Long Term Research

Trout Lake Station was established in 1925 as a central location to study the diversity of lakes in northern Wisconsin.  Birge and Juday’s hopes were that by studying the different characteristics of many lakes, including a 500 lake survey, they would be able to discover some general limnological principles. Trout Lake continues to be the center of activity for several long Term Projects.

 

Sydney DeMets (left) and Camryn Kluetmeier (right) Photo: Riley Steinbrenner

North Temperate Lakes Long-Term Ecological Research

North Temperate Lakes Long Term Ecological Research studies the ecology of lakes as one of a network of sites established by the National Science Foundation. We are interested in how biophysical setting, climate, and changing land use and cover interact to shape lake characteristics and dynamics over time (past, present, future).Our primary study sites include a set of seven northern Wisconsin and four southern Wisconsin lakes and their surrounding landscapes. The project, which started in 1981, is administered by the Center for Limnology at the University of Wisconsin-Madison.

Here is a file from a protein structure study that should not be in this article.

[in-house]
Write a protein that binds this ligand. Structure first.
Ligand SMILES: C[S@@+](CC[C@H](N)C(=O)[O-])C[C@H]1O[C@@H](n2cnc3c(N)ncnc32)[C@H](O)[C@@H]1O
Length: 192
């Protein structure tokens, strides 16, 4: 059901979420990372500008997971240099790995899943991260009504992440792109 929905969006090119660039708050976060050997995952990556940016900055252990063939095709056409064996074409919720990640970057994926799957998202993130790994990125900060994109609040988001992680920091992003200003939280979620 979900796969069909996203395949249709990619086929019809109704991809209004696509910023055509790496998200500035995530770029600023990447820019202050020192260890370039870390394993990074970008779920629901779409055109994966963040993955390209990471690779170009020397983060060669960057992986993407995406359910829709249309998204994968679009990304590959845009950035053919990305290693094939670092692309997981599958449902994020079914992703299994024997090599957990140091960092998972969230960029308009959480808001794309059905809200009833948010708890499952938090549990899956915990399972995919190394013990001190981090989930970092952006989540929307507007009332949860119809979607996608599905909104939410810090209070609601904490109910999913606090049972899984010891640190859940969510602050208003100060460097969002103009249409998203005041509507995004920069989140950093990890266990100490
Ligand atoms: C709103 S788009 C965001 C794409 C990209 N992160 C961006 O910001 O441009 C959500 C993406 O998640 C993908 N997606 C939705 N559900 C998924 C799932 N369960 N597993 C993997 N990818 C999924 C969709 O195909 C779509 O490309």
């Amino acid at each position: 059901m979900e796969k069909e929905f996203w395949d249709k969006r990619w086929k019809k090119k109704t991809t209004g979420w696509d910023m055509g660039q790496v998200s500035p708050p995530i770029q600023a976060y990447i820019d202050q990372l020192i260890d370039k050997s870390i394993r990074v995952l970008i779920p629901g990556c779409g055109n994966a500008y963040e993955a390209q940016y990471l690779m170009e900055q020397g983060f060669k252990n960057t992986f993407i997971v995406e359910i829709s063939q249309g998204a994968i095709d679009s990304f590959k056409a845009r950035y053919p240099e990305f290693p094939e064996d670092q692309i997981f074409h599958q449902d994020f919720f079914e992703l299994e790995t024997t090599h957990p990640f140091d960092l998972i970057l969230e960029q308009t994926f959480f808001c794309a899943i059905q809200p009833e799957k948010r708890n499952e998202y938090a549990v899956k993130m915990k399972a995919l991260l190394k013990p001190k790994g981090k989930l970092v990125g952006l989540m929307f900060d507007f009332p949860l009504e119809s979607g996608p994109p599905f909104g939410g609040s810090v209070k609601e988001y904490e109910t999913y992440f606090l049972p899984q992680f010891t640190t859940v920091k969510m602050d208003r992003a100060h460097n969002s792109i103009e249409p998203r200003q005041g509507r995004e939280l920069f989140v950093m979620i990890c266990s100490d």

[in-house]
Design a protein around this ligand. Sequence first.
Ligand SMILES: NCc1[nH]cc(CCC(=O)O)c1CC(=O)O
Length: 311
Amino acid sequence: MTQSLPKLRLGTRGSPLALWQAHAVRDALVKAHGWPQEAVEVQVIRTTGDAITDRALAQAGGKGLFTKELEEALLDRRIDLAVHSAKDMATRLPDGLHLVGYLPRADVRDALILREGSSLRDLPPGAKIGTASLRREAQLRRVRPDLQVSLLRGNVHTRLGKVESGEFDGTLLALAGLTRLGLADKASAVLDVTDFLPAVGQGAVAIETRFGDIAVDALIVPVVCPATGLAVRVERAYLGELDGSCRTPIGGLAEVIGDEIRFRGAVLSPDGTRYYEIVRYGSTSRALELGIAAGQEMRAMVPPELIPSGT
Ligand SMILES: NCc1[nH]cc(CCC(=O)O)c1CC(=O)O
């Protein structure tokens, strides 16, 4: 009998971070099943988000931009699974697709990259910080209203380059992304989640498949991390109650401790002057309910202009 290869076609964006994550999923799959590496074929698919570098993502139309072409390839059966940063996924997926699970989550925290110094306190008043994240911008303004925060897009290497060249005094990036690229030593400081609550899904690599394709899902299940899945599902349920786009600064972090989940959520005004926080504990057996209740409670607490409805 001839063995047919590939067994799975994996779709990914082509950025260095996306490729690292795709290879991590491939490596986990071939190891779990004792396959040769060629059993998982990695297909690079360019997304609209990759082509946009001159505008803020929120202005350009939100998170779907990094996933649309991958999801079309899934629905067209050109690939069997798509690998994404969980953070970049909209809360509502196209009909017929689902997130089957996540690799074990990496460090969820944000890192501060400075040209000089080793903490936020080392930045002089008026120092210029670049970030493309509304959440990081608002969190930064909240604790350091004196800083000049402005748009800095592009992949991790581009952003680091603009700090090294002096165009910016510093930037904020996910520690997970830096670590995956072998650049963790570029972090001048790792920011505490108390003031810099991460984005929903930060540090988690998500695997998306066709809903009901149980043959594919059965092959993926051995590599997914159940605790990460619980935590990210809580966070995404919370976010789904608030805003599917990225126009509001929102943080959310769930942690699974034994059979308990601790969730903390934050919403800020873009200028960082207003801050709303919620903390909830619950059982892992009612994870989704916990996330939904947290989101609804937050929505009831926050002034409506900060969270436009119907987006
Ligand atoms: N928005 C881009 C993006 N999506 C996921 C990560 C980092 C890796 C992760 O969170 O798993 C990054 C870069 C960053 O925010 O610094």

Microbial Observatory – McMahon Lab, Univ of WI-Madison

The study of freshwater microbial ecology has matured beyond the purely descriptive phase and now represents a compelling system in which to test explicit hypotheses addressing the physical, chemical, and biological forces that structure microbial communities. Results from our prior work suggest that various drivers are acting as a system of hierarchical constraints on freshwater microbes at different temporal and spatial scales. Therefore, we now seek to determine which factors contribute to structuring communities and populations, at regional and local spatial scales. Much of the work in this area is conducted in collaboration with the scientists working through the Center for Limnology (http://limnology.wisc.edu), the North Temperate Lakes Long Term Ecological Research site (http://lter.limnology.wisc.edu), and the Global Lakes Ecological Observatory Network (http://www.gleon.org).

 

Paul Hanson on the remote sensing buoy on Trout Lake. Photo courtesy: Jeff Miller, UW-Madison Communications

Global Lake Ecological Observatory Network (GLEON)

The Global Lake Ecological Observatory Network conducts innovative science by sharing and interpreting high resolution sensor data to understand, predict and communicate the role and response of lakes in a changing global environment.

NEON

NEON’s aquatic and terrestrial sites are strategically located across the U.S. within 20 eco-climatic domains that represent regions of distinct landforms, vegetation, climate and ecosystem dynamics. Learn more about the different types of field sites.